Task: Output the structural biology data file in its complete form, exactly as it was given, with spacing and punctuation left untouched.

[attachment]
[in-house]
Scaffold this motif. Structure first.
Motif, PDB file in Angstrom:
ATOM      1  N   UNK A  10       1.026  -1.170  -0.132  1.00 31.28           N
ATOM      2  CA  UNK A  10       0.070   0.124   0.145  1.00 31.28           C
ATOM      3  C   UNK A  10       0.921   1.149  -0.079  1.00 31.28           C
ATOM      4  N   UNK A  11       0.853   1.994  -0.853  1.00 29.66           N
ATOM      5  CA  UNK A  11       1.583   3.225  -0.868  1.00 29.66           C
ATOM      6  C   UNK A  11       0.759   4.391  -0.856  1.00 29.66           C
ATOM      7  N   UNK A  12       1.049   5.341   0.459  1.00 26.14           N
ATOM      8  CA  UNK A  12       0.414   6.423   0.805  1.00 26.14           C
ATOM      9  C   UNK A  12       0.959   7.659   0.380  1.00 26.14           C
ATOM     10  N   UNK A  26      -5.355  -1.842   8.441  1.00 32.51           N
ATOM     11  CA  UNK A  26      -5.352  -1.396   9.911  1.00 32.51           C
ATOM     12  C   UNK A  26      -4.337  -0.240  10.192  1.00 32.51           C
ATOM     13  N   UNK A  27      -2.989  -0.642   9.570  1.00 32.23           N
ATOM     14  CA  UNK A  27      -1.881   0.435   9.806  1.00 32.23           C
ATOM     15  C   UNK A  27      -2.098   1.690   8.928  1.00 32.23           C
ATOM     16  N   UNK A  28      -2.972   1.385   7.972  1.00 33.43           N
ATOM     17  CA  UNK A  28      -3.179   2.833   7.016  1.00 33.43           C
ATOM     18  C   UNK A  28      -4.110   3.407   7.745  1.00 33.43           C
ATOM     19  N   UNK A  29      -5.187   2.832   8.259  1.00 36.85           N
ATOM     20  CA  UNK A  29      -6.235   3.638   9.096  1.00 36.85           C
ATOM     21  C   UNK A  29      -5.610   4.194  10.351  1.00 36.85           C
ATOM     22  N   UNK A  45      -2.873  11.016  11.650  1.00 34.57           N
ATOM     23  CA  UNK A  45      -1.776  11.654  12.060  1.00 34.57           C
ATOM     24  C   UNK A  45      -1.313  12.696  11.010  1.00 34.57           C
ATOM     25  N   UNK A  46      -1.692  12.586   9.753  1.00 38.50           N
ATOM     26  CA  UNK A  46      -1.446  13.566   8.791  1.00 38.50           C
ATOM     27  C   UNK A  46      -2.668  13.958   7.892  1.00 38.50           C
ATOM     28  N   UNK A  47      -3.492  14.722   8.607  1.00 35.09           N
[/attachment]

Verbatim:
[in-house]
Scaffold this motif. Structure first.
Motif, PDB file in Angstrom:
ATOM      1  N   UNK A  10       1.026  -1.170  -0.132  1.00 31.28           N
ATOM      2  CA  UNK A  10       0.070   0.124   0.145  1.00 31.28           C
ATOM      3  C   UNK A  10       0.921   1.149  -0.079  1.00 31.28           C
ATOM      4  N   UNK A  11       0.853   1.994  -0.853  1.00 29.66           N
ATOM      5  CA  UNK A  11       1.583   3.225  -0.868  1.00 29.66           C
ATOM      6  C   UNK A  11       0.759   4.391  -0.856  1.00 29.66           C
ATOM      7  N   UNK A  12       1.049   5.341   0.459  1.00 26.14           N
ATOM      8  CA  UNK A  12       0.414   6.423   0.805  1.00 26.14           C
ATOM      9  C   UNK A  12       0.959   7.659   0.380  1.00 26.14           C
ATOM     10  N   UNK A  26      -5.355  -1.842   8.441  1.00 32.51           N
ATOM     11  CA  UNK A  26      -5.352  -1.396   9.911  1.00 32.51           C
ATOM     12  C   UNK A  26      -4.337  -0.240  10.192  1.00 32.51           C
ATOM     13  N   UNK A  27      -2.989  -0.642   9.570  1.00 32.23           N
ATOM     14  CA  UNK A  27      -1.881   0.435   9.806  1.00 32.23           C
ATOM     15  C   UNK A  27      -2.098   1.690   8.928  1.00 32.23           C
ATOM     16  N   UNK A  28      -2.972   1.385   7.972  1.00 33.43           N
ATOM     17  CA  UNK A  28      -3.179   2.833   7.016  1.00 33.43           C
ATOM     18  C   UNK A  28      -4.110   3.407   7.745  1.00 33.43           C
ATOM     19  N   UNK A  29      -5.187   2.832   8.259  1.00 36.85           N
ATOM     20  CA  UNK A  29      -6.235   3.638   9.096  1.00 36.85           C
ATOM     21  C   UNK A  29      -5.610   4.194  10.351  1.00 36.85           C
ATOM     22  N   UNK A  45      -2.873  11.016  11.650  1.00 34.57           N
ATOM     23  CA  UNK A  45      -1.776  11.654  12.060  1.00 34.57           C
ATOM     24  C   UNK A  45      -1.313  12.696  11.010  1.00 34.57           C
ATOM     25  N   UNK A  46      -1.692  12.586   9.753  1.00 38.50           N
ATOM     26  CA  UNK A  46      -1.446  13.566   8.791  1.00 38.50           C
ATOM     27  C   UNK A  46      -2.668  13.958   7.892  1.00 38.50           C
ATOM     28  N   UNK A  47      -3.492  14.722   8.607  1.00 35.09           N